[First Published on Monday 15th March 2010]
This archive item is a window onto issues as they appeared at the time. It contains facts and opinions which may have been superseded by subsequent events.
The controversial libel judge at the centre of a storm over the development of privacy law in the UK has hit back at his tabloid critics. Justice Eady, who rose to notoriety after punishing the News of the World for publishing intimate photos of Formula 1 boss Max Mosely’s private life, accused tabloids of having a vested interest in stunting privacy for financial gain.
He also warned that in relation to the ruling that “it is wise to guard against the drawing of general conclusions from the specific findings in one case”.
The judge, speaking at the inaugural lecture of the Centre for Justice, Law and Journalism at City University also noted that the Guardian was yet to be sued in a privacy case despite doing investigative journalism. He insisted that judges are not responsible for creating privacy law out of thin air but are just interpreting the Human Rights Act as approved by parliament.
As well as defending his position on privacy Justice Eady suggested that the phenomenon of Libel Tourism is widely exaggerated. “I would be interested to see the research on libel tourism, if there is any, because sitting where I do I don’t see an awful lot of it”.
He also dismissed suggestions by some politicians to tighten up the definition of privacy in law saying: “There cannot be any method of identifying ready made answers for unforeseeable scenarios that have not yet occurred. No Parliamentary draftsman could have dreamt up in advance the facts of the Mosley case – or at least, if he did, he should have been doing it in his own time.”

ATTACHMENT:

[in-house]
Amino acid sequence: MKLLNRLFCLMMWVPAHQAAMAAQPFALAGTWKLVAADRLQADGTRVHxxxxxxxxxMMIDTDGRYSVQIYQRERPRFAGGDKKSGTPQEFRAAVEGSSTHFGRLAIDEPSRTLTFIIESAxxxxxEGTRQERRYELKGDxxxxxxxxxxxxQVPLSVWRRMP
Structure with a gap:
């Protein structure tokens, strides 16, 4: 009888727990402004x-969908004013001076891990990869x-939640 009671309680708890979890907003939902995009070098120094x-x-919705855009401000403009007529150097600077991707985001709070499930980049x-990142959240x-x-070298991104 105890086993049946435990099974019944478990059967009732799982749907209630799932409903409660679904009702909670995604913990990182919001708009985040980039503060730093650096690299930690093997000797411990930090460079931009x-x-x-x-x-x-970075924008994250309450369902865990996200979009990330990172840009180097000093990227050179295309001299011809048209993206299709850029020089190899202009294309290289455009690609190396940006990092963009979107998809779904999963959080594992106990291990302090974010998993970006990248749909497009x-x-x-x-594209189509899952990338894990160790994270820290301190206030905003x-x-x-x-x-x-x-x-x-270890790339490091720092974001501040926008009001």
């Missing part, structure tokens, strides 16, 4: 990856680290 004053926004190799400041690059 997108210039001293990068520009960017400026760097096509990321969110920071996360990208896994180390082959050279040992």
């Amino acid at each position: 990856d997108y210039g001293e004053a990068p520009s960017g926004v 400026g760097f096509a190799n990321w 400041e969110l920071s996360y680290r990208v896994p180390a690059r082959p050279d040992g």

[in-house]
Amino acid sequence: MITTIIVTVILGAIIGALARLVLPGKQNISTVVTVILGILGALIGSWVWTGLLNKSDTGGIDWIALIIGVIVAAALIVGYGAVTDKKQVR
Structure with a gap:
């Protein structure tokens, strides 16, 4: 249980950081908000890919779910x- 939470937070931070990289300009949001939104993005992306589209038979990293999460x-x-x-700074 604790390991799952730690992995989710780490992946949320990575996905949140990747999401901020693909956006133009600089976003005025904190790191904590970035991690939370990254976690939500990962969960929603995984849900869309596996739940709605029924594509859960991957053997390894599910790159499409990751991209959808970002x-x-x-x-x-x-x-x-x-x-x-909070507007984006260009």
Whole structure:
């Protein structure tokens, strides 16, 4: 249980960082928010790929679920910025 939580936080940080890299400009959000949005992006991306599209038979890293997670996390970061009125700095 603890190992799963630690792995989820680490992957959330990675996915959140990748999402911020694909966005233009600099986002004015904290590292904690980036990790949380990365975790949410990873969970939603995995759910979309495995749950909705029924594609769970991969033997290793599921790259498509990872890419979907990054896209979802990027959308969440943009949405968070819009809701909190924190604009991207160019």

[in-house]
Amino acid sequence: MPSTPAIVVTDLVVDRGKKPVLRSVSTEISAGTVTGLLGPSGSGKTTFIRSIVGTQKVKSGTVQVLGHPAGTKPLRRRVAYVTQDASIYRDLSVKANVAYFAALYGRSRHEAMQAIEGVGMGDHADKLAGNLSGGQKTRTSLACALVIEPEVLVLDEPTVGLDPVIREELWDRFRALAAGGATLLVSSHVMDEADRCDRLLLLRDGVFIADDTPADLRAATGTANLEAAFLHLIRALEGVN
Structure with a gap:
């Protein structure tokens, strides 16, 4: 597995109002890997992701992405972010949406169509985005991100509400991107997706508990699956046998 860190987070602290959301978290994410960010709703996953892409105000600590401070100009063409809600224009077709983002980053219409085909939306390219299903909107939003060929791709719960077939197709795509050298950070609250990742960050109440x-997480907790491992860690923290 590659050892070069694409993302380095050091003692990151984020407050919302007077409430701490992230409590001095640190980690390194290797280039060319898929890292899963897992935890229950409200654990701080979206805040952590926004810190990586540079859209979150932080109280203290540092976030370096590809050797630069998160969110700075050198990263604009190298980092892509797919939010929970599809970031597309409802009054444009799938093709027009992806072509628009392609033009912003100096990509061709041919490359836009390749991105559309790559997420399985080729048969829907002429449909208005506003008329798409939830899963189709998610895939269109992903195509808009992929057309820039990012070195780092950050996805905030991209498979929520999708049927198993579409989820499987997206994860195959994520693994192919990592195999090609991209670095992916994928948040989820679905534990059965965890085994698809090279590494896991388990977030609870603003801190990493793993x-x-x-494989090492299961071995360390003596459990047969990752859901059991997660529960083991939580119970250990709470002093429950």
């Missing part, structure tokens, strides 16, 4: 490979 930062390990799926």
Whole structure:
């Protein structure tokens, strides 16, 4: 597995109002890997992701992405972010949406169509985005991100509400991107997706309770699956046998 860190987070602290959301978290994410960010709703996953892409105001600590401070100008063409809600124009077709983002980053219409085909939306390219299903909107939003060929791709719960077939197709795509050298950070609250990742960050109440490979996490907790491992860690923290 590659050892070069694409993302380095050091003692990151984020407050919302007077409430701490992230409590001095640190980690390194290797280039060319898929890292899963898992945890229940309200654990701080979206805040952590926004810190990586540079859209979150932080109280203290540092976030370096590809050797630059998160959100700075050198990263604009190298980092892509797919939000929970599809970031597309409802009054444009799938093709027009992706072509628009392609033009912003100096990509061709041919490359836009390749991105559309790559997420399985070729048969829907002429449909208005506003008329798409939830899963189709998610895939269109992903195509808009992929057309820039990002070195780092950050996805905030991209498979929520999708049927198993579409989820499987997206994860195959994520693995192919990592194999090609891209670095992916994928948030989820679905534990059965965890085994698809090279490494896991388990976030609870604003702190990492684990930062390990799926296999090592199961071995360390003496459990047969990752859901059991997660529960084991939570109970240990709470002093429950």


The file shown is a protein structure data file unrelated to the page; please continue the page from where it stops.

A free press has always been an essential part of British democracy and of holding power to account. However, critics allege that the press devotes to many resources into chasing human-interest stories that can destroy the lives of those involved.
Currently Britain has no privacy law and relies on the self-restraint of the media to protect the privacy of vulnerable people. By its nature this self-restraint is not widely known but it does happen from time to time.
However, in the light of the Madeline McCann case and what was widely seen as an almost total disregard of the privacy of her parents by many tabloids, critics have called for a formal privacy law. This law would prevent the press to from exposing details about people that are deemed in the law to be inherently private.
This publication presents the personal views of the author and not those of The Constitution Society, which publishes it as a contribution to debate on this important subject.